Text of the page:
boomer advisor

When I meet Kendall Regen at a Panera Bread Co. outside of Knoxville, Tenn., he’s talking to one of the patrons. They didn’t know each other until just now, but you wouldn’t know that by listening to them; you’d think they’d known each other a lifetime.

Such is life with Regen, founder and owner of Dickson, Tenn.-based Regen Financial Services. It wouldn’t matter if he was in the insurance business or any other walk of life — he’s never met a stranger and never will.

When we find a table for our interview I ask him a question. Before Regen answers he says, “yes sir,” though he says it as one word: “y’sir.” It catches me off guard. The courtesy is one I’m not used to these days. Then again, I’ve been away from the South going on 13 years.

The question I’d asked him was about the baby boomer generation and what it meant to him growing up a boomer.

Regen’s eyes light up as they do on almost any topic. As a boy, he tells me, he didn’t watch much TV. Most of the time, he and his brothers would be playing outside.

If it was baseball season, they were out swinging a bat. If it was football season, they were running and tackling, playing for keeps. Regen’s daddy played football at the University of Tennessee, and Regen himself looks like he could still suit up, at least for a couple of plays.

And if the Regen boys weren’t playing sports, they were playing army or other games boys played after school in the ’60s and ’70s. In other words, they weren’t staring cross-eyed at videogames.

When he did watch TV, he had a favorite: “The Andy Griffith Show.” “I liked it for two reasons,” Regen says. “It was good, clean comedy, and it taught good core family values.”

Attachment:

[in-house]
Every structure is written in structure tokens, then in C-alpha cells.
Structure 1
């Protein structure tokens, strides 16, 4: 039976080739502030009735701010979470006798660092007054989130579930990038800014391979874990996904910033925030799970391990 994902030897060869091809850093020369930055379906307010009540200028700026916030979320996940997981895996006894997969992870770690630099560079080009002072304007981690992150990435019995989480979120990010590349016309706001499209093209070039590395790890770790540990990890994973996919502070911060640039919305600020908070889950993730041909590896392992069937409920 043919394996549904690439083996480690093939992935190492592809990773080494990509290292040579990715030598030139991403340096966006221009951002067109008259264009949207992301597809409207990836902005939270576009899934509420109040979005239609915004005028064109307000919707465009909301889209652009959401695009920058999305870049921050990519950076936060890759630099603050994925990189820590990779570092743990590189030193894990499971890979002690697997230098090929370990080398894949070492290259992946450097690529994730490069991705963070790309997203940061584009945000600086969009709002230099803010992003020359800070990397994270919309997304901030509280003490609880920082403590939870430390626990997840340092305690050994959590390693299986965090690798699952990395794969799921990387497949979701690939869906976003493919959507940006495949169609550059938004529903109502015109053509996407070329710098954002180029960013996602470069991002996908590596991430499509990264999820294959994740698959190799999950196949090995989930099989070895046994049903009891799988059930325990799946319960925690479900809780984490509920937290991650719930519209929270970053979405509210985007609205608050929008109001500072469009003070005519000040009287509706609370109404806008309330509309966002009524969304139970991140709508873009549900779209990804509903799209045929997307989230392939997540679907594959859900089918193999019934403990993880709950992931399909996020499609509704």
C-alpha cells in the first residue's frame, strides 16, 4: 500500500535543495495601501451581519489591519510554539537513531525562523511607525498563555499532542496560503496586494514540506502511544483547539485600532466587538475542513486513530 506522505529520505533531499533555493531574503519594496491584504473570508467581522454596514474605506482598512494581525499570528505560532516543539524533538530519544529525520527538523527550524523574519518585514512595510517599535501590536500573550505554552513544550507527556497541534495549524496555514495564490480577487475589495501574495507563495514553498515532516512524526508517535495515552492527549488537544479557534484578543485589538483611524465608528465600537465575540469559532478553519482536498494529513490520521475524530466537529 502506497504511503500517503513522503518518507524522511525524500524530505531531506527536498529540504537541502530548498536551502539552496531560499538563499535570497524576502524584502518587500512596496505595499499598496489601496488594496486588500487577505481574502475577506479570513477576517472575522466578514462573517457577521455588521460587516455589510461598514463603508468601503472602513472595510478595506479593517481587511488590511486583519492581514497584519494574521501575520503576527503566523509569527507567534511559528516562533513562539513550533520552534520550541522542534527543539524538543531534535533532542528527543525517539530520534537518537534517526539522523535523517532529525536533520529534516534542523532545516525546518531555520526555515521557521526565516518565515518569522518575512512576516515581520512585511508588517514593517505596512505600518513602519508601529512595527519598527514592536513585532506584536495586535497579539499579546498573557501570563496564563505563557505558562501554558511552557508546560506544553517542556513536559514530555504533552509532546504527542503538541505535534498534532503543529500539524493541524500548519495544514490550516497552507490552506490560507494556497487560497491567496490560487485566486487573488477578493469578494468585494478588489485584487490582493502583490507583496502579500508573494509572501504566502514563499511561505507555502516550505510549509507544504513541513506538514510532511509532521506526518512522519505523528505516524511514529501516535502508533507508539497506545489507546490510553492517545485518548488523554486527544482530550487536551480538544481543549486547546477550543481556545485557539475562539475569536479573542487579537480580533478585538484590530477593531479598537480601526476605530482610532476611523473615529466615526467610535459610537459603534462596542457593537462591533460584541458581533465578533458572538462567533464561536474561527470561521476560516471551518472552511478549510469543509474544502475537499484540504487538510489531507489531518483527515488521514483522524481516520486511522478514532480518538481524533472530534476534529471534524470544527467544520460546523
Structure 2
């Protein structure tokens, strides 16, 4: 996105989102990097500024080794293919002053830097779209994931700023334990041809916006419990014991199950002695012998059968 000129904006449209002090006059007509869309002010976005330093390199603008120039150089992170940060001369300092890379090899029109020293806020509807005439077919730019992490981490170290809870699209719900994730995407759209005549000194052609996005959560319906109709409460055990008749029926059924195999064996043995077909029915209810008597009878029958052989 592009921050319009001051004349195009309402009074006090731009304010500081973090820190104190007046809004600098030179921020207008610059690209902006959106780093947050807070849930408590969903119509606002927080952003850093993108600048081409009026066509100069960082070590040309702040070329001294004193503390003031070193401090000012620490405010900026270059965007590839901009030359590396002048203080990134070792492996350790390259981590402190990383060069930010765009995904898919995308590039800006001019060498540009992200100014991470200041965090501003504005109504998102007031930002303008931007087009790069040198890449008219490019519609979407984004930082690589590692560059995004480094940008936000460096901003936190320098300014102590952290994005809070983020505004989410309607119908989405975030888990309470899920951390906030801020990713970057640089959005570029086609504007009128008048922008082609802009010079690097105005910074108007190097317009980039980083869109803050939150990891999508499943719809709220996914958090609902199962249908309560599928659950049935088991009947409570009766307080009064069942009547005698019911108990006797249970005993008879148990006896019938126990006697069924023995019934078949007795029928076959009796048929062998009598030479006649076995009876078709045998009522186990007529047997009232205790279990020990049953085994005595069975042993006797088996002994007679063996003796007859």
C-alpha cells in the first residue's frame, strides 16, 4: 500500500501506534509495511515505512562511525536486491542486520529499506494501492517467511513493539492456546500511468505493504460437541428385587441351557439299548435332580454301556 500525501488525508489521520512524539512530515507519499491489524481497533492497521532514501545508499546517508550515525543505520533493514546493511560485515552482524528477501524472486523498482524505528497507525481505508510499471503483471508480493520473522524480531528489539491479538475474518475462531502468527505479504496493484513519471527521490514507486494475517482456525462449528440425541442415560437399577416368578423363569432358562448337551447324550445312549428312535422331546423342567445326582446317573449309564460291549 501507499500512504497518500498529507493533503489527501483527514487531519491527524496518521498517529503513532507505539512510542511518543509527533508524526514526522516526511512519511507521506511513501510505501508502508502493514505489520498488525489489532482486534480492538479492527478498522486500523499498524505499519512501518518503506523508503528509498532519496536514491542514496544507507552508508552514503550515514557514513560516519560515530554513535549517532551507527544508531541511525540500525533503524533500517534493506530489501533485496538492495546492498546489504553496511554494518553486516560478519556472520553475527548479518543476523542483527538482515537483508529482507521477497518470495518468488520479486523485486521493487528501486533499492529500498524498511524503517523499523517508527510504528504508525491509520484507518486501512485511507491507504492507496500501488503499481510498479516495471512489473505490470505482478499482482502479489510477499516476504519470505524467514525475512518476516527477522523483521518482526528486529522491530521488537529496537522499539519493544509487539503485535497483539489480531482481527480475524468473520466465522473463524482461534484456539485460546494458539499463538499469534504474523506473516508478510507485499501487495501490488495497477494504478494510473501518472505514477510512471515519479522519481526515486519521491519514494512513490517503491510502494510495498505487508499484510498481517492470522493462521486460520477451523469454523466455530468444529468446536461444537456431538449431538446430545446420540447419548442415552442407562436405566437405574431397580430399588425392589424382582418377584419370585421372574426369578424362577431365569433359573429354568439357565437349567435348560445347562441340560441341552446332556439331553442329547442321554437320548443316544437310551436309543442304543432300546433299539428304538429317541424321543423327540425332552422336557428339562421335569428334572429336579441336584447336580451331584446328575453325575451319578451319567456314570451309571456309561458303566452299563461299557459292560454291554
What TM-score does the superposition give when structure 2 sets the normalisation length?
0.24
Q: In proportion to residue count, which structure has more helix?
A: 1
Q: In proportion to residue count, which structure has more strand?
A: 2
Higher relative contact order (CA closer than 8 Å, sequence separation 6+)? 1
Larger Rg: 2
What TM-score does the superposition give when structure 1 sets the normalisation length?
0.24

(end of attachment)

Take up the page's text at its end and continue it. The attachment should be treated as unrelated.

He remembers one episode where Opie broke a window with a rock. With Aunt Bee looking on, Andy sat Opie down and talked to him father to son, but also man to man. That struck a chord with Regen because when he’d screw up as a boy, his own daddy talked to him in that same stern, respectful way.

Those values stuck with him. He was an Eagle Scout, played sports, went to church, and he’s built his business using those same traditional core values. “I’m a country boy,” he says. “I’m very family oriented.”

He recalls his father gave him advice that he in turn gave to his own daughters as they were growing up. “You can work your whole life building your reputation only to have it taken away in a minute by one stupid mistake.”

That’s how he approaches his clients. No screw-ups. Lay the foundation by learning about their dreams, hopes and desires. “I often take them out just to eat and to talk about life.” During those early get-togethers, they rarely talk business unless the client has questions.

Relationships are the key for Regen. Without them, he wouldn’t be in this business. “If you really build the relationship and you don’t go around overpromising and underderlivering, you’ll have a client for life.”

There’s stuff the client may not want to hear at times, but if you are upfront about it, they’ll respect you, he says. “You have to go over the full product. ‘Here’s all the great stuff and here’s all the potential negatives to it.’ If you tell them all of that upfront they’re not caught off-guard.”

He says there’s something advisors have to always keep in mind when working with clients. “This is not their expertise. We need to have the expertise.”

See also: The advisor opportunity in tax season

I nod and begin closing up my camera equipment, thinking the interview’s over, but Regen scratches at his goatee and tells me there’s something else he wants to say. “My daddy (who’s 86) would smack me upside the head if I wasn’t doing things the right way. Doing right by people is how I was brought up. That’s what I have to do.”

 

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